WASHINGTON -- Now committed to following the laws it imposes on the rest of America, Congress is finding its own workplace so fraught with danger and carelessness that inspectors have worried about a "potential catastrophe," records show.

Digging into the bowels of the Capitol and other congressional buildings, new inspectors named by lawmakers to protect employees' safety discovered Congress' maintenance workers had the highest accident rate in the entire government.A year's worth of inspections of the Capitol grounds found plenty of hazards. Inspectors reported how:

-- Congressional workers risked blood-transmitted diseases by digging through contaminated trash without protective clothing.

-- One building contained high concentrations of the bacteria that cause Legionnaires' disease.

-- Recalcitrant officials had to be issued federal citations before they moved flammable liquids stored near exposed electrical wires and in other dangerous places.

The Office of Compliance inspectors issued a scathing report last November on the work of the 2,000-employee Capitol Architect's Office, responsible for upkeep of the Capitol, eight congressional office buildings, the Library of Congress, the Supreme Court and the power plant that supplies cooling and heating to congressional buildings.

"Overall . . . protections for employee health and safety fall far below those that prevail in private companies and government agencies that have good safety programs," that report concluded.

The Architect's Office says it is just beginning to change a culture of neglect on Capitol Hill.

"We were behind" in bringing Congress into compliance, said Lynne Theiss, the Architect's executive officer. "We are making great strides to get ahead of the curve. We had a general change in our approach to business."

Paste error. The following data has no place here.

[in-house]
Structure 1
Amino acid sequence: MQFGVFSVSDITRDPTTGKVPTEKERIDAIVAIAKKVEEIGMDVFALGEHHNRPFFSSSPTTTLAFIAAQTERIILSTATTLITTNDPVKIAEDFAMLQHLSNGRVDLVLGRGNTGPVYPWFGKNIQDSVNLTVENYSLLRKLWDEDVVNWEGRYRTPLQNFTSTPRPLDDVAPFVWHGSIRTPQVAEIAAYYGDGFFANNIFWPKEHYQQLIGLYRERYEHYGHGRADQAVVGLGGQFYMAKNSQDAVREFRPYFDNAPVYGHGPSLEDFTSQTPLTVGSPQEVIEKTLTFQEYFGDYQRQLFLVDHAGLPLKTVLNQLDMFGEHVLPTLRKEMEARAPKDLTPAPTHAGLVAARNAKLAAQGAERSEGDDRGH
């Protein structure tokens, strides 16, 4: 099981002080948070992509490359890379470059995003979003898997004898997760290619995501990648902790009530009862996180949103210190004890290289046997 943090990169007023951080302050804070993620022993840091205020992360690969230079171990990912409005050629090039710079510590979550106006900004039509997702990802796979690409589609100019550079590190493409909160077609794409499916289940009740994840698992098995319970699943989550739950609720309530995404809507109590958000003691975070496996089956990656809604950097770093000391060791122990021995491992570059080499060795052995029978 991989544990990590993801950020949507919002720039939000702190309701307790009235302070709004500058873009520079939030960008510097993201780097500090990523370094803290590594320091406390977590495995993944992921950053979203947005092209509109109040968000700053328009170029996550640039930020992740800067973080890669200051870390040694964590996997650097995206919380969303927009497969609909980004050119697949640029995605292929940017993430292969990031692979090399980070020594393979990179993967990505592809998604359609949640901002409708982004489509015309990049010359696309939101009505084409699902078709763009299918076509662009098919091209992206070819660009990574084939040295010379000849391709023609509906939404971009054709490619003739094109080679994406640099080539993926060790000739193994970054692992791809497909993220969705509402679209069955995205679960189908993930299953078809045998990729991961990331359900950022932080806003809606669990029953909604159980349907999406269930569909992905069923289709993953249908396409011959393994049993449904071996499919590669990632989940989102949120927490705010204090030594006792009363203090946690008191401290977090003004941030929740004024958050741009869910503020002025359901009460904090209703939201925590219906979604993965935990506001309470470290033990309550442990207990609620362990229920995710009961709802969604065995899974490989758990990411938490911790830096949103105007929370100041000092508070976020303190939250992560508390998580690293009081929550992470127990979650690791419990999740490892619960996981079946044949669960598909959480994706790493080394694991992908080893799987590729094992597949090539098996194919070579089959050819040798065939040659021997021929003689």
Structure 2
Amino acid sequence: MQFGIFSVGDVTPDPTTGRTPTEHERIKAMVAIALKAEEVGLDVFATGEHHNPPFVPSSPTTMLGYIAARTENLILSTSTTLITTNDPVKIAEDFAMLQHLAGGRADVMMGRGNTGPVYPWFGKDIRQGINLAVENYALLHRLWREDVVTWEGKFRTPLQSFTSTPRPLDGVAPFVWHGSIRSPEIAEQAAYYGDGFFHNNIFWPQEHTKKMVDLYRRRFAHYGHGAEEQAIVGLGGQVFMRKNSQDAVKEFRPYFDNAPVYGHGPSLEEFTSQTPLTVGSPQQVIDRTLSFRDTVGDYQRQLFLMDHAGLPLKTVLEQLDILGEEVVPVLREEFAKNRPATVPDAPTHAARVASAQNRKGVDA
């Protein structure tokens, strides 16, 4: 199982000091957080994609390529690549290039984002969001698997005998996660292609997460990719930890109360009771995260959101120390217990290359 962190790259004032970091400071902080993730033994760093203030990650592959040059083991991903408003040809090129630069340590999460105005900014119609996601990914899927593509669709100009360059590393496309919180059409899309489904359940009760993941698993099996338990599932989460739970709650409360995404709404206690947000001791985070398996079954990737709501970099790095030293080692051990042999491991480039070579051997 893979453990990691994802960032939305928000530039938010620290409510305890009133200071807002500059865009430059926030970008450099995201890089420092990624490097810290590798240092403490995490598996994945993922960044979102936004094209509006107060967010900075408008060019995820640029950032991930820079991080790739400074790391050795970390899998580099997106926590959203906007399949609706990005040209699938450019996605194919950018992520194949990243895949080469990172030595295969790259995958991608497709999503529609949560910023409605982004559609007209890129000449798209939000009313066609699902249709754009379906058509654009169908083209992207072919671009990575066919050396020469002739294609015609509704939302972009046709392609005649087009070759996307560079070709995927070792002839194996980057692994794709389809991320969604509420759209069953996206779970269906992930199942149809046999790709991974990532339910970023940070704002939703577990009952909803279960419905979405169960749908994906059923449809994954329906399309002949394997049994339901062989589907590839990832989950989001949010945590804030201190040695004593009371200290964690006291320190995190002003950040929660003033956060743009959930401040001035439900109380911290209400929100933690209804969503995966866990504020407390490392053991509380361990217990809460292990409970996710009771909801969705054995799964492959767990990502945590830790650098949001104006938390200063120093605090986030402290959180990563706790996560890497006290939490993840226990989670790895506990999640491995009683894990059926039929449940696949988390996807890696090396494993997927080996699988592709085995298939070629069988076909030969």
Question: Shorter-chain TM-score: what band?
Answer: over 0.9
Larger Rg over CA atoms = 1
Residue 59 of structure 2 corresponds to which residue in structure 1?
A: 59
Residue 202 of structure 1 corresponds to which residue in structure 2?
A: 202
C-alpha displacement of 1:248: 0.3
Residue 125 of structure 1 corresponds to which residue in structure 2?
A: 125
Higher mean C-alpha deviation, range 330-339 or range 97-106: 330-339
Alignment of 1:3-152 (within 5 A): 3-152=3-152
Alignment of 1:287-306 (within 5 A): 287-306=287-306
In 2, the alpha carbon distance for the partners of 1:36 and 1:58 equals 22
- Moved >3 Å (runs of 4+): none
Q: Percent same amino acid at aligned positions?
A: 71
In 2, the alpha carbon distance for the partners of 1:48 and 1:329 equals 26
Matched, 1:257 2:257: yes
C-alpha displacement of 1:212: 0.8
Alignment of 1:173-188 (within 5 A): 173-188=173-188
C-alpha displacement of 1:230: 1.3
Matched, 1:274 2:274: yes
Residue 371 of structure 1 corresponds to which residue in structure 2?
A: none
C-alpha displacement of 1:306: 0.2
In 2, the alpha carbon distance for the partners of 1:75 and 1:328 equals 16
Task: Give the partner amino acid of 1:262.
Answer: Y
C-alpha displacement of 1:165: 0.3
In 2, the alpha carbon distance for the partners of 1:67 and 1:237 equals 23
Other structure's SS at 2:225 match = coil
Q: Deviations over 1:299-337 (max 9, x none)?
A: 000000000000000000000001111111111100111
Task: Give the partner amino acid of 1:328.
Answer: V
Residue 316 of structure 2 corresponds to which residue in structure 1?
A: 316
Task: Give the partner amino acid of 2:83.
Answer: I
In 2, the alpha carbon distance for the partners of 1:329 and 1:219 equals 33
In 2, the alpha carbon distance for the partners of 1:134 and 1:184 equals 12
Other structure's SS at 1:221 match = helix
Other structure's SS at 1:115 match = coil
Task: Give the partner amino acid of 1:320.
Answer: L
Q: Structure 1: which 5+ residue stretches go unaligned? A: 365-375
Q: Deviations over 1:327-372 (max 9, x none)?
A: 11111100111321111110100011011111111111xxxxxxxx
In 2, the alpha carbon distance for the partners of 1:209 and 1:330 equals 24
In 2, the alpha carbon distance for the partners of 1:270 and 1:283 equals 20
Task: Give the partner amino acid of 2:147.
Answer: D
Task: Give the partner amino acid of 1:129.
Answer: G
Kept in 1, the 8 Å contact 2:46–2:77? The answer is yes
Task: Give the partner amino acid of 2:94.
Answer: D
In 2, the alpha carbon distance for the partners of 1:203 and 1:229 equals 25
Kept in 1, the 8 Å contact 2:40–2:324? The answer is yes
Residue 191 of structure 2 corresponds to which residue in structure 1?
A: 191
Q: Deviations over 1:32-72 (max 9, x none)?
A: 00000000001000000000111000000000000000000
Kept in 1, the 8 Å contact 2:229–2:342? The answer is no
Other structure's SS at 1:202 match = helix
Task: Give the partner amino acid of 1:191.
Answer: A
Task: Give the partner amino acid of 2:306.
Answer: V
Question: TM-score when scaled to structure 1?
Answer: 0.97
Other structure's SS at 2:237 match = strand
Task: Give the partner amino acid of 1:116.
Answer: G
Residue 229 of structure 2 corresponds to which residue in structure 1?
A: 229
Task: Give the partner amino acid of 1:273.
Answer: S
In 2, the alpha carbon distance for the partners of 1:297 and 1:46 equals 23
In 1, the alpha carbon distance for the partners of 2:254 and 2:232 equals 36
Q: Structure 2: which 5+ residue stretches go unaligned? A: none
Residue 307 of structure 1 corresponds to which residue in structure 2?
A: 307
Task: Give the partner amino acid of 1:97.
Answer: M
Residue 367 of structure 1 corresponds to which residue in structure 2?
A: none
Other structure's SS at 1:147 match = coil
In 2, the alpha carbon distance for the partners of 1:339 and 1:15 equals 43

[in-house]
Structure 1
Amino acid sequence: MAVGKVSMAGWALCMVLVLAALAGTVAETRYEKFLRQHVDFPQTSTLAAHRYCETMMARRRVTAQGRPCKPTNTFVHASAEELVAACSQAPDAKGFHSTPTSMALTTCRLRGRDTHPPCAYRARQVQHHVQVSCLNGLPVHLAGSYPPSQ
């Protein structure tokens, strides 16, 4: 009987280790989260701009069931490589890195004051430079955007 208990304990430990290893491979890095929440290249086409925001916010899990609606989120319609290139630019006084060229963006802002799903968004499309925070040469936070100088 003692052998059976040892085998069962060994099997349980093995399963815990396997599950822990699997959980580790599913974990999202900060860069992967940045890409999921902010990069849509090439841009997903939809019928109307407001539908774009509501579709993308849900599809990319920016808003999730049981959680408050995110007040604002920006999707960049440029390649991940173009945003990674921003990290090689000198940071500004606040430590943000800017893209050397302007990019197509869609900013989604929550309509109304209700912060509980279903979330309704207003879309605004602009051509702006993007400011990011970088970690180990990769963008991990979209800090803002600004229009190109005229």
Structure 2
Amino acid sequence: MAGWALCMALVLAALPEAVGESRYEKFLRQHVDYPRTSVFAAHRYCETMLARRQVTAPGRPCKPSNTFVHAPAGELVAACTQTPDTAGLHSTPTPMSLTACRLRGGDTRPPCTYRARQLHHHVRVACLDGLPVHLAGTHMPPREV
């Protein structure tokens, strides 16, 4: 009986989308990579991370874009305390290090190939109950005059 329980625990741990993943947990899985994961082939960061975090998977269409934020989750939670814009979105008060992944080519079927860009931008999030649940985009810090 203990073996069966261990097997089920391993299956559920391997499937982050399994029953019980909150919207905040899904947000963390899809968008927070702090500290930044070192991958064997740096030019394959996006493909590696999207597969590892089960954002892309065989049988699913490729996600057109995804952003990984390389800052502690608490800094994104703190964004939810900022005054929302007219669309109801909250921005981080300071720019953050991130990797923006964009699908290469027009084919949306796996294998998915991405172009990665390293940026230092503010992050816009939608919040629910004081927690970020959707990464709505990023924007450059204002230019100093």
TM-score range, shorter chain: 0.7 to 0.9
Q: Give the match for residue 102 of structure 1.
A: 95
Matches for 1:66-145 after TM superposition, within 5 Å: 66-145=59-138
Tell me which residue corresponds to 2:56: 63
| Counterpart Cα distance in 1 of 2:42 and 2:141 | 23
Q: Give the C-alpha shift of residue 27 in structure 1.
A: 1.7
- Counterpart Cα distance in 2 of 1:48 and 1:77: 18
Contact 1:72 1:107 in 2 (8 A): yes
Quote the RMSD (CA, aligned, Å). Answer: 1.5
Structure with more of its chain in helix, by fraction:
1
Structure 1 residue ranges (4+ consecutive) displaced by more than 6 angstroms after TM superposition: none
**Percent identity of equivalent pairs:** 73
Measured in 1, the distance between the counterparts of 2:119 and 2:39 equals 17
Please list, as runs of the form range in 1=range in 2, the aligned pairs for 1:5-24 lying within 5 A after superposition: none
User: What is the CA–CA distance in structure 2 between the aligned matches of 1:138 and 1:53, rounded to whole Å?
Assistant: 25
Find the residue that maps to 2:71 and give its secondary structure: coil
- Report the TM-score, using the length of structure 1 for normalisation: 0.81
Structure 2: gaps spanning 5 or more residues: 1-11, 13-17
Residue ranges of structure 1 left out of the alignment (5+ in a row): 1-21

Just last week, however, inspectors found 14 new health and safety violations at the power plant. They included excessive exposure to coal dust, lack of a comprehensive respiratory program, failure to clean and disinfect respirators and a lack of working fire extinguishers.

Patricia Dollar, the Architect's former recycling coordinator, had a firsthand look at the hazards inside a closet in one House office building.

"Six drums were in there," she said. "One of the drums was very rusty and had popped and expanded. We unscrewed a little cock. We looked down and it was bubbling. It was a combination of leftover chemicals from the furniture repair shop. And it was extremely flammable."

Fire also is a serious fear for workers. Hazel Dews, a nighttime custodian in the Senate office buildings, complained, "We are in three buildings with one exit from 11 p.m. to 7 a.m."

The House inspector general reported in December that the Capitol and five other congressional properties were firetraps that left visitors, lawmakers and employees with an "undue risk of loss of life and property."

Fresh worries keep emerging.

In January, Architect's employees removed asbestos from a Capitol Police locker room -- but never told the officers what they were doing. Asbestos can cause cancer if its dust is breathed.

Theiss acknowledged the officers should have been notified, calling it "a failure to communicate."

Congress historically has exempted itself from the federal safety and labor laws it imposes and which are enforced on corporate America by agencies such as the U.S. Occupational Safety and Health Administration. But when Republicans took over the House in 1995, they engineered passage of legislation that committed Congress to follow those statutes and created the Office of Compliance to enforce them.